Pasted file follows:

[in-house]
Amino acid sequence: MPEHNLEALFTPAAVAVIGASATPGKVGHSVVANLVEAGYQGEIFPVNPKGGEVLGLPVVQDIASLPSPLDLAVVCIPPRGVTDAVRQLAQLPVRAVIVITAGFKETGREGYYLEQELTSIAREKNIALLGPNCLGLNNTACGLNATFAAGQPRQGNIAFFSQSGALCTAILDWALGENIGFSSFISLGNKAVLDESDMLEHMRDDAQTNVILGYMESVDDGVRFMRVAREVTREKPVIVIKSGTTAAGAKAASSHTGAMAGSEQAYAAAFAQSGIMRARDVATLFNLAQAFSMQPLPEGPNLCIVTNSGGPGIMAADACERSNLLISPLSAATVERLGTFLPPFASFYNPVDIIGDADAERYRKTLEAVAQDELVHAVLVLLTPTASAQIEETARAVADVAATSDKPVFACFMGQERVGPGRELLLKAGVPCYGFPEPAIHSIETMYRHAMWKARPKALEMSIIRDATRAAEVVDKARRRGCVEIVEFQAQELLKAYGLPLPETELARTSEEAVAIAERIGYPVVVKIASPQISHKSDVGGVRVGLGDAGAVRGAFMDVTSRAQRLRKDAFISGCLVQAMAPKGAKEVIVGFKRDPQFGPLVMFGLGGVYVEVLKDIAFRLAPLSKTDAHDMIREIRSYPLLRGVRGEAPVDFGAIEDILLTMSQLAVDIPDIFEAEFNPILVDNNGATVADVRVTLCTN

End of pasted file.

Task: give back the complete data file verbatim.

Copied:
[in-house]
Amino acid sequence: MPEHNLEALFTPAAVAVIGASATPGKVGHSVVANLVEAGYQGEIFPVNPKGGEVLGLPVVQDIASLPSPLDLAVVCIPPRGVTDAVRQLAQLPVRAVIVITAGFKETGREGYYLEQELTSIAREKNIALLGPNCLGLNNTACGLNATFAAGQPRQGNIAFFSQSGALCTAILDWALGENIGFSSFISLGNKAVLDESDMLEHMRDDAQTNVILGYMESVDDGVRFMRVAREVTREKPVIVIKSGTTAAGAKAASSHTGAMAGSEQAYAAAFAQSGIMRARDVATLFNLAQAFSMQPLPEGPNLCIVTNSGGPGIMAADACERSNLLISPLSAATVERLGTFLPPFASFYNPVDIIGDADAERYRKTLEAVAQDELVHAVLVLLTPTASAQIEETARAVADVAATSDKPVFACFMGQERVGPGRELLLKAGVPCYGFPEPAIHSIETMYRHAMWKARPKALEMSIIRDATRAAEVVDKARRRGCVEIVEFQAQELLKAYGLPLPETELARTSEEAVAIAERIGYPVVVKIASPQISHKSDVGGVRVGLGDAGAVRGAFMDVTSRAQRLRKDAFISGCLVQAMAPKGAKEVIVGFKRDPQFGPLVMFGLGGVYVEVLKDIAFRLAPLSKTDAHDMIREIRSYPLLRGVRGEAPVDFGAIEDILLTMSQLAVDIPDIFEAEFNPILVDNNGATVADVRVTLCTN